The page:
These Firms Won the Most Patents in 2016

January 9, 2017, 2:08 PM UTC
Jared Lazarus/Feature Photo Service for IBM
IBM software engineer Jeremy Greenberg, 23, sketches out a patent he has pending at the company's headquarter's in Research Triangle Park, NC. (Jared Lazarus/Feature Photo Service for IBM)
Jared Lazarus/Feature Photo Serv Jared Lazarus/Feature Photo Serv

IBM earned a record 8,088 U.S. patents in 2016 thanks in part to the company’s research into artificial intelligence and predictive analytics. Meanwhile, other American U.S. tech companies, including Qualcomm and Google were among the other leaders in earning patents, which many see as a metric of innovation.

The figures, published by researcher IFI Claims Patent Services, also show Amazon (AMZN) posting a 46% increase in patenting activity as the Seattle company claimed 1,662 inventions last year. From a country perspective, U.S. firms led with 41% of all patents received, followed by Japan (28%) and South Korea (15%).

Here is a screenshot from the IFI report, which listed Apple as No. 11 for the second year in a row:


In addition to Amazon, several other companies posted significant increases in patent grants last year. “Big gainers in 2016 include Nokia, up 74%; Hyundai up 39%; China’s Huawei Technologies, up 50%; … and Intel, up 36% over 2015,” according to the IFI report.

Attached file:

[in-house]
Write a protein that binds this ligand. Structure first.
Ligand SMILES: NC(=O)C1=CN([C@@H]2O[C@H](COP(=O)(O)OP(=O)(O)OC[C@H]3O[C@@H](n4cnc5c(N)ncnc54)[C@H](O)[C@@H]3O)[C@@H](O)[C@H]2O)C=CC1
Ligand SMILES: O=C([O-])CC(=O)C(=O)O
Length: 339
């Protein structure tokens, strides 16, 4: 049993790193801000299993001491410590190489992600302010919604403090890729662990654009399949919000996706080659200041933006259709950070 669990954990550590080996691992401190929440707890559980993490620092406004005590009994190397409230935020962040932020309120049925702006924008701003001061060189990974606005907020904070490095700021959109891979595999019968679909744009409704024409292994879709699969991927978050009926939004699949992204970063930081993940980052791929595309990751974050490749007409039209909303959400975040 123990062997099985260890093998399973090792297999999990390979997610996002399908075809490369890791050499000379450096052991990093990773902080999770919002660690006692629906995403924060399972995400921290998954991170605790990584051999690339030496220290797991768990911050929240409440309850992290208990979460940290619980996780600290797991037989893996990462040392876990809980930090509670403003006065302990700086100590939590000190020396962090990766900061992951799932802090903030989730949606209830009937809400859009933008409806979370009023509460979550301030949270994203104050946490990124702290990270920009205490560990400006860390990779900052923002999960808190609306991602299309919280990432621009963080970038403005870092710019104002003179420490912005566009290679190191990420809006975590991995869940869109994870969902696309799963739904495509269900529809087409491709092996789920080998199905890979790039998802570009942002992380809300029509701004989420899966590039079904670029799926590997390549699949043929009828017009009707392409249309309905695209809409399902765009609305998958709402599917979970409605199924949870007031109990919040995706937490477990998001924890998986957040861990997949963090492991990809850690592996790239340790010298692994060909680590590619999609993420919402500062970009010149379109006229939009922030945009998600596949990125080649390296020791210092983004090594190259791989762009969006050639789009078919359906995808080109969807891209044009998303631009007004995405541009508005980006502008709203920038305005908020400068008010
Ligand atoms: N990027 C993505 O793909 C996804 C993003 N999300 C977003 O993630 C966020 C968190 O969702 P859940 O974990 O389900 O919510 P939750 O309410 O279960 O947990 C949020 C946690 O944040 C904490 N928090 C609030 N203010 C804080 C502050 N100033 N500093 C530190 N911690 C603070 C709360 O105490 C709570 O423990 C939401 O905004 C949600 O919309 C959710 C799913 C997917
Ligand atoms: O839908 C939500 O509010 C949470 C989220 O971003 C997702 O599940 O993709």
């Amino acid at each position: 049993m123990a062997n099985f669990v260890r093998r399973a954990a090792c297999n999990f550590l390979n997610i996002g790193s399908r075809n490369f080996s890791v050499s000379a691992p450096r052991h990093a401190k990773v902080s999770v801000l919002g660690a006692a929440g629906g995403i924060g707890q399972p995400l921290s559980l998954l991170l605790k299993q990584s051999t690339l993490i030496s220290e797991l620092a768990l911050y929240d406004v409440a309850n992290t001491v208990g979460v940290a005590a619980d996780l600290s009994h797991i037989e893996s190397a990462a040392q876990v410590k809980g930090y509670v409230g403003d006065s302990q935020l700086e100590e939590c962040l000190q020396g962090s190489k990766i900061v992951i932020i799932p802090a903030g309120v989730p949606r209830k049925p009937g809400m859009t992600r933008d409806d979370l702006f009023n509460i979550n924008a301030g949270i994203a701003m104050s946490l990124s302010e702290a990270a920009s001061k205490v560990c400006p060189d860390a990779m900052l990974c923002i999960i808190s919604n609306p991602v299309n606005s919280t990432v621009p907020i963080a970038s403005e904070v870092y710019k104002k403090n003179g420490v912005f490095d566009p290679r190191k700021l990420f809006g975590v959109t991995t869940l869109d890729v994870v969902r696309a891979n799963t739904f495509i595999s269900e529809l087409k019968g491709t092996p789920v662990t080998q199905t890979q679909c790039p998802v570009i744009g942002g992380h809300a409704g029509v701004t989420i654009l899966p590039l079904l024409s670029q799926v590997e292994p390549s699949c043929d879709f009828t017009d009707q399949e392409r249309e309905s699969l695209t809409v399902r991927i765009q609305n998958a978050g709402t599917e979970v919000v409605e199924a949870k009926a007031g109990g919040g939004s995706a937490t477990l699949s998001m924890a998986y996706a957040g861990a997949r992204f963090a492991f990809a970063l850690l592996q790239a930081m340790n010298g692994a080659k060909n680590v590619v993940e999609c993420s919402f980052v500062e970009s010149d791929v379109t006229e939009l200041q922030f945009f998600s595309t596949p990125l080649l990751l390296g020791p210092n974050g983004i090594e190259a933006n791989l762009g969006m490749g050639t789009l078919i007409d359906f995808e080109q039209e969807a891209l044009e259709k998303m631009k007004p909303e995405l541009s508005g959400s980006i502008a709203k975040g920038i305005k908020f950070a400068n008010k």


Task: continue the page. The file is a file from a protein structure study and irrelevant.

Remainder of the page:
IBM (IBM) has earned more patents than any other company for the past 24 years, according to IFI. The company’s Chief Innovation Officer, Bernie Meyerson, told Fortune that the company’s patent bounty is the result of a deliberate focus on R&D, especially in the field of artificial intelligence.

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“The emergence of the cognitive era helped us get a jump on nearly everyone. Watson didn’t happen when Jeopardy happened—it happened at least five years before,” said Meyerson, who added the company’s research into computer-driven analytics will result in major benefits in fields like health and supply chain management.

The annual patent numbers came out amid ongoing questions about the state of the U.S. patent system, which critics say grants too many weak patents and allows so-called “patent trolls” (firms that don’t produce anything but simply file patent lawsuits) to shake down productive companies. The patent system is also the subject of ongoing scrutiny by the Supreme Court, which recently appeared to hear an important venue case.

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